Salacious stories may top today’s news agendas but crime and courts can be much more interesting, says former court reporter Tess Salmon.
Salmon, a Macleay College graduate, now works as a media advisor to Troy Grant, the Minister for Hospitality, Gaming and Racing and the Arts. She returned to the college last week to speak to the journalism students.
“Sex sells, but so does death and destruction,” she said.
But she stressed it wasn’t for the faint-hearted, speaking of the “tough” reality working in the industry. Salmon said her experiences as a crime and court reporter were equally exhausting and thrilling, with many moral conflicts.
She said that dealing with these ethical dilemmas and the physiological and physical struggles in the field were “not something you can learn”.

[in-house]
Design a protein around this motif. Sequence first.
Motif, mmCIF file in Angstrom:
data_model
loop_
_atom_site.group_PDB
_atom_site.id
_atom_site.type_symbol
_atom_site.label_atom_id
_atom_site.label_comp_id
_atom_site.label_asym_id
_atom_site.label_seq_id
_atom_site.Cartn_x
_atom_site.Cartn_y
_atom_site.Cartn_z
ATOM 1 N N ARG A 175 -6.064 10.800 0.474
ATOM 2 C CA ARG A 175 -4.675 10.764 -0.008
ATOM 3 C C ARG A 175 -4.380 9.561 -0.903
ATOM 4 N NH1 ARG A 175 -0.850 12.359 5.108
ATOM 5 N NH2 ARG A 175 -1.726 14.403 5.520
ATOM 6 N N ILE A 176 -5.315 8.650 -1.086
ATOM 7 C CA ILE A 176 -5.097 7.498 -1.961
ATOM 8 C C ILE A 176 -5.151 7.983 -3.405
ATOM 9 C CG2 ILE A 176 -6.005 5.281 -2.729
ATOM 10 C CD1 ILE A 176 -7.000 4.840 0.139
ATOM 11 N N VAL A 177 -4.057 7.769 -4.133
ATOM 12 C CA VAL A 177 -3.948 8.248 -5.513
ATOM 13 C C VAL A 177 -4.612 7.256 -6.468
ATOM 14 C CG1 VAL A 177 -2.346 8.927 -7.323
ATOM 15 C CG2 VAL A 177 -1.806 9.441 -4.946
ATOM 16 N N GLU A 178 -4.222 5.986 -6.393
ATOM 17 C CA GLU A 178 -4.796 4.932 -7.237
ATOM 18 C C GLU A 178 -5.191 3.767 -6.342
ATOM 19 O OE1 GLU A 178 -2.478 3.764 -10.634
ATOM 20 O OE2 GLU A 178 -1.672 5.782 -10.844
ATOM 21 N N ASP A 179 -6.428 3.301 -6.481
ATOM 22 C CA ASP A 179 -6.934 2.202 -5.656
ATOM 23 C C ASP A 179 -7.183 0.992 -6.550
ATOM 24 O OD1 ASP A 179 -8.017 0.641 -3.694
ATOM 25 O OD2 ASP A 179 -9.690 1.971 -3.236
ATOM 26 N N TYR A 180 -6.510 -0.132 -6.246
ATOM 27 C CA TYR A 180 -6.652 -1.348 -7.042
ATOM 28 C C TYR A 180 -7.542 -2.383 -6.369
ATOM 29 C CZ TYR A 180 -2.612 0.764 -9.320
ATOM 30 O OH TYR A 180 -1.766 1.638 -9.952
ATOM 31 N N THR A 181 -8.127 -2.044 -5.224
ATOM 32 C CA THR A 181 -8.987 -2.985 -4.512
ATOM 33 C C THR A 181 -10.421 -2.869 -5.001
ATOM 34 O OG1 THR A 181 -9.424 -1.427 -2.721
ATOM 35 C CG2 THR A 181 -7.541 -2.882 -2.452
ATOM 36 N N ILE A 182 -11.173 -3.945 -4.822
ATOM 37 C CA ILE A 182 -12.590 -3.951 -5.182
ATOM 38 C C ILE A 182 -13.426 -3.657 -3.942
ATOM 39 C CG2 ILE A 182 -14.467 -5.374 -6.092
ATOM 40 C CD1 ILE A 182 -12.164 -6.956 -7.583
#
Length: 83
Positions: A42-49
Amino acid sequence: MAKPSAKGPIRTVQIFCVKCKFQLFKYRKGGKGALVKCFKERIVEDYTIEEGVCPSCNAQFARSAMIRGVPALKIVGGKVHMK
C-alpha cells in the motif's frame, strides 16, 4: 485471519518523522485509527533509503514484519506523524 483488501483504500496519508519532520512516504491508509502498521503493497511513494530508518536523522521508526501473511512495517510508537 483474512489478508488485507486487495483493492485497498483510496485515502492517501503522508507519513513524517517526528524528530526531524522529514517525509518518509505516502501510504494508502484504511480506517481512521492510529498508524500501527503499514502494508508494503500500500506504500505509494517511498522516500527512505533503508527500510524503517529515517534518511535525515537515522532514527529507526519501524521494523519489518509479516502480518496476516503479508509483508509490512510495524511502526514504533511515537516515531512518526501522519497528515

“It’s a gut instinct,” she said.
The walls journalists put up to cope with difficult situations come down when they return home from work, exhausted and drained. “But you get up the next day because of the adrenalin,” she said.
The former TV and radio journalist, who described herself as a “story teller” encouraged students to never stop learning, and most importantly to “get involved”. – Greta Levy
Top photo of Tess Salmon provided by Macleay College.